14 February 2012
Progress toward inexpensive grid-scale batteries
New results from an ongoing research program at MIT, reported in the Journal of the American Chemical Society, show a promising technology that could provide that long-sought way of leveling the load - at far lower cost and with greater longevity than previous methods.
Professor Donald Sadoway (l.) and Materials Processing Center Research Affiliate David Bradwell observe one of their small test batteries. The battery itself is inside the heavily insulated metal cylinder at center, which heats it to 700 degrees Celsius.
The system uses high-temperature batteries whose liquid components, like some novelty cocktails, naturally settle into distinct layers because of their different densities.
The three molten materials form the positive and negative poles of the battery, as well as a layer of electrolyte - a material that charged particles cross through as the battery is being charged or discharged - in between.
"All three layers are composed of materials that are abundant and inexpensive," explains Donald Sadoway, the John F. Elliott Professor of Materials Chemistry at MIT and the senior author of the new paper.
"We explored many chemistries," Sadoway says, looking for the right combination of electrical properties, abundant availability and differences in density that would allow the layers to remain separate.
His team has found a number of promising candidates, he says, and is publishing their detailed analysis of one such combination: magnesium for the negative electrode (top layer), a salt mixture containing magnesium chloride for the electrolyte (middle layer) and antimony for the positive electrode (bottom layer). The system would operate at a temperature of 700 degrees Celsius, or 1,292 degrees Fahrenheit.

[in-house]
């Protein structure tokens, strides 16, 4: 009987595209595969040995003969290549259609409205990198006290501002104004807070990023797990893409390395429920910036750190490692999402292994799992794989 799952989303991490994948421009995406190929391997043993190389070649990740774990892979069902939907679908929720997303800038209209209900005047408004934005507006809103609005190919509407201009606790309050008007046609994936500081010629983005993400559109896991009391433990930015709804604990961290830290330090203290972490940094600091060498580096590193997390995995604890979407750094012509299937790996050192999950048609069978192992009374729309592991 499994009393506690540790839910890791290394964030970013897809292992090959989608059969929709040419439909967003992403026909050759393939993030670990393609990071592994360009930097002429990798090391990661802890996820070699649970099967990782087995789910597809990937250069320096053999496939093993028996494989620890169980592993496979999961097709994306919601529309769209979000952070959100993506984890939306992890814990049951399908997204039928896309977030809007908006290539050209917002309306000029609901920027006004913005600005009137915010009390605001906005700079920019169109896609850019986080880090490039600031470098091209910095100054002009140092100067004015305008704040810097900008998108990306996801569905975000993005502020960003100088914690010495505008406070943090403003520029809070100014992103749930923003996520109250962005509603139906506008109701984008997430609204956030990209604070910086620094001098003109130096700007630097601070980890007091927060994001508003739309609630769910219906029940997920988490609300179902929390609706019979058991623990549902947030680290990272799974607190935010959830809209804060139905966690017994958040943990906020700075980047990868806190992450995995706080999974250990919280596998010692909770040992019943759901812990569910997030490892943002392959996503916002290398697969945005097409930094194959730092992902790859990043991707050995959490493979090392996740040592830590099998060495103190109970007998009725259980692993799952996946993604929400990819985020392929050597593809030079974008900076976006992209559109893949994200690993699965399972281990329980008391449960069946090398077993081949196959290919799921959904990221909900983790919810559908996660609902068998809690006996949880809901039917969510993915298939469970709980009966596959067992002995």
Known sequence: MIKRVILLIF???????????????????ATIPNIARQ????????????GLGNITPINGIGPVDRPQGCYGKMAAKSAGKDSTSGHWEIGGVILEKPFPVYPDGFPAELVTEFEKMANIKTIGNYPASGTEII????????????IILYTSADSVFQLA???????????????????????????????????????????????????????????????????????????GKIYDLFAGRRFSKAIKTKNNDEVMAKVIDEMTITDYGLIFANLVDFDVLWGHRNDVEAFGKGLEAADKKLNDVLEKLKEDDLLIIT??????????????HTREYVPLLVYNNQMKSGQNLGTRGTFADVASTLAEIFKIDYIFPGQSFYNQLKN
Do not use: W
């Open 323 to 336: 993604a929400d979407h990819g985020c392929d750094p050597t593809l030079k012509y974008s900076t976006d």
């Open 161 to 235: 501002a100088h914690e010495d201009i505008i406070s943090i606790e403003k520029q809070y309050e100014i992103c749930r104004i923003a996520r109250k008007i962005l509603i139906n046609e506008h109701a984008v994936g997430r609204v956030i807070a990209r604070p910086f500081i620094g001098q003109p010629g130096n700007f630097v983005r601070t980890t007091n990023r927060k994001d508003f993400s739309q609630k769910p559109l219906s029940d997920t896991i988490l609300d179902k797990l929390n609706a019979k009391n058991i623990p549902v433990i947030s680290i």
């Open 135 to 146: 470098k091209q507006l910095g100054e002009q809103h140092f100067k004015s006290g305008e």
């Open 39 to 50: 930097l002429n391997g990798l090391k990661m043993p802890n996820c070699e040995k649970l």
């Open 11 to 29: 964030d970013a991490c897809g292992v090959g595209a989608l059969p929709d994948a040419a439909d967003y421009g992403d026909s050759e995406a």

The inspiration for the concept came from Sadoway's earlier work on the electrochemistry of aluminum smelting, which is conducted in electrochemical cells that operate at similarly high temperatures.
Many decades of operation have proved that such systems can operate reliably over long periods of time at an industrial scale, producing metal at very low cost. In effect, he says, what he figured out was "a way to run the smelter in reverse."
Over the last three years, Sadoway and his team have gradually scaled up their experiments. Their initial tests used batteries the size of a shot glass; they then progressed to cells the size of a hockey puck, three inches in diameter and an inch thick. Now, they have started tests on a six-inch-wide version, with 200 times the power-storage capacity of the initial version.
The team is continuing to work on optimizing all aspects of the system, including the containers used to hold the molten materials and the ways of insulating and heating them, as well as ways of reducing the operating temperature to help cut energy costs.
"We,ve discovered ways to decrease the operating temperature without sacrificing electrical performance or cost," Sadoway says.
Robert Huggins, a professor emeritus of materials science and engineering at Stanford University, says, "As for any radically different approach, there are a number of new practical problems to solve in order for it to become a practical alternative for use in large-scale energy storage, [including] electrolyte evaporation, and corrosion and oxidation of components, as well as the ever-present issue of cost."
Nevertheless, he says, this is "a very innovative approach to electrochemical energy storage, and it is being explored with a high degree of sophistication."
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